2.11.2019

"One: Still the Loneliest Number" – A Conversation On Loneliness


Loneliness, and discussion of it, seem increasingly common in recent years. I often see articles on the subject popping up in news feeds. The "Sunday Morning" television show aired a story about loneliness just this week. England recently appointed a "Minister for Loneliness," and various officials are concerned it may even be a public health epidemic.

All this talk and concern while we are more connected to people than ever before, thanks to the state of our technology. But our numbers of "friends" and "likes" online apparently aren't as fulfilling as we might have hoped. For all our texting and tweeting, we somehow remain a society expressing a profound disconnect.

As it happens, this is exactly the kind of topic you might hear about at a monthly public discussion called Theology at the Bottleworks hosted by Midrash St. Louis. TATB is a place to come together for civil discussion of various hot topics in a room full of diverse backgrounds, opinions and views—and a fantastic way to break out of the "one of us" bubble to learn how others process life.

So back in December loneliness was the very topic we took on. I was able to participate in several additional meetings around the Bottleworks discussion as well, and as it's percolating in my own mind I want to share some related resources and thoughts.

>> One is an article I posted a few years back which some have found helpful for their own struggles with loneliness:
"Eight Questions to Address Loneliness"

>> We also did a follow up podcast about the TATB discussion you can hear via Soundcloud.

While the causes of and responses to loneliness may vary widely, there should be serious consideration how we as individuals, and Christians/the Church in particular, might better address the issue. So here are some points which developed in and around the conversation.

Never abandoned, always pursued
The Lord keeps reminding us, "I'll never leave you," and, "I'm always with you." Jesus pursued His people to His own death. We have to believe this first. Then we can image God by pursuing others. How are we doing here?

Knowing and being known
The sad fact is that many people feel they aren't truly known by anyone. Thankfully, no one knows us better than our Creator, another truth to which we can cling. But when it comes to human companionship, we can dodge depth. We share the day's mood online to rouse responses, then stare at some device in the presence of others rather than spending time in real conversation. Not helpful. Neither is asking, "How are you?," as a greeting and ignoring an honest response. Our knowledge of each other can't grow unless we all move out of the shallow end of the pool. Are we actively interacting?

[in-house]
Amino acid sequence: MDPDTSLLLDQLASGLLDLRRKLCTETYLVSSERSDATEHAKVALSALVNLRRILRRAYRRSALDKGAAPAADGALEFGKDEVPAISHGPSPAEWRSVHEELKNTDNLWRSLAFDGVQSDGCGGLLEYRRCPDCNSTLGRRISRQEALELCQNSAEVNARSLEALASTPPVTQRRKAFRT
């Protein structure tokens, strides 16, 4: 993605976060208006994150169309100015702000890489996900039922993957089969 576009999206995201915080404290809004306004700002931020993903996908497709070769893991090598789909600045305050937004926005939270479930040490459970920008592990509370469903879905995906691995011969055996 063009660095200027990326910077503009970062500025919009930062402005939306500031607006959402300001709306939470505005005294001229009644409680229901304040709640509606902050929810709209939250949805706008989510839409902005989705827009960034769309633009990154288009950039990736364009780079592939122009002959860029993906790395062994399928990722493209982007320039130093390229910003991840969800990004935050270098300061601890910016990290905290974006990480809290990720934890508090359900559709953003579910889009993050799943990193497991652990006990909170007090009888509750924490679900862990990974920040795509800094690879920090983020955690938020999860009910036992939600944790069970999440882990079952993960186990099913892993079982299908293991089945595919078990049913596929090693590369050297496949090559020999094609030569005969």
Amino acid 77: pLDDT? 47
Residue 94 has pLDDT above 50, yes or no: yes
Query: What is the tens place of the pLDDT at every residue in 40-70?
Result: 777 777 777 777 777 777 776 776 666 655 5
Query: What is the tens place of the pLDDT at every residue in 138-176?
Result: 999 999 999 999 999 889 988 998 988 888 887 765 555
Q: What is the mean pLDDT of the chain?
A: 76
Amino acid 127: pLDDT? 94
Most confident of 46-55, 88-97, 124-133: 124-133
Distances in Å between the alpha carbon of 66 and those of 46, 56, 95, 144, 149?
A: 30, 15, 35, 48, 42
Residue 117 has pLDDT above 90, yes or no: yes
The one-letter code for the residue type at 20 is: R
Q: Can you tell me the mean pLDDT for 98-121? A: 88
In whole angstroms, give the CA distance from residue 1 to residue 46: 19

Patience before appropriate authenticity
I'm amused at how online curation is often criticized with annoyance that people are just painting the picture of a "perfect" life that's really not. Sure it can happen, but suddenly we're not being "authentic" if we just share our fantastic travel pix without all our bad stuff too, never mind the appropriateness of sharing every detail in the public square. Unfortunately, some have countered with the "authenticity" of chronic complaints or angry opinions... Definitely not better than your lovely vacation photos. Ironically, no matter what persona we post, we do the exact same stuff in person all the time. We always start with a certain public face. No one shows every side of their life in a first or even fifth interchange, nor should we. Too much too soon can push others away. There really is a time to speak and a time to hold that thought. While we can share anything with the Lord anytime, we need patience with ourselves and others to grow in and gauge a relationship before revealing our inmost thoughts and struggles. It takes time to go deeper. Are we willing to put in that time?

Hearing and being heard
Are we making ourselves available to hear other people's concerns and points of view? Are we ready to take turns in a conversation and let the other guy actually speak? Are we responsive when someone sincerely asks for our time, help or friendship? Are we willing to listen with discernment and without immediate judgment? James 1:19–20 reminds us to "be quick to hear, slow to speak, slow to anger..." Otherwise we can immediately ostracize others, especially those who don't look or sound like us, rather than listening to love them well. (So glad TATB gives the opportunity to put all this into practice. We even ended this night early to allow people to spend more time together. And they did. Genius.)

Community and belonging
Another common thread is the need for a place to belong. The places where past generations spent time together aren't as readily available. But the Church again has something unique to offer. We know God is making a new people group, a collection of those who love Him coming from all nations and persuasions. Psalm 68 reminds us God is "father to the fatherless" and "defender of widows." If He really "sets the lonely in families" (NIV) or "settles the solitary in a home" (with others - ESV), then the Church should be that family and home, a welcoming community doing all the above just because we love Jesus and want the people around us to love Him too. Are we fully inviting others in? Do we invite even familiar believers into deeper community? Is the invitation on the Lord's terms or ours? Are we loving as He's loved us?

Loneliness is a complex issue, and these are just a few points to process as we think about ways to help the many it affects every day. What other ways can we help ease the sting of loneliness? Feel free to share ideas in comments—and, more importantly, in person!

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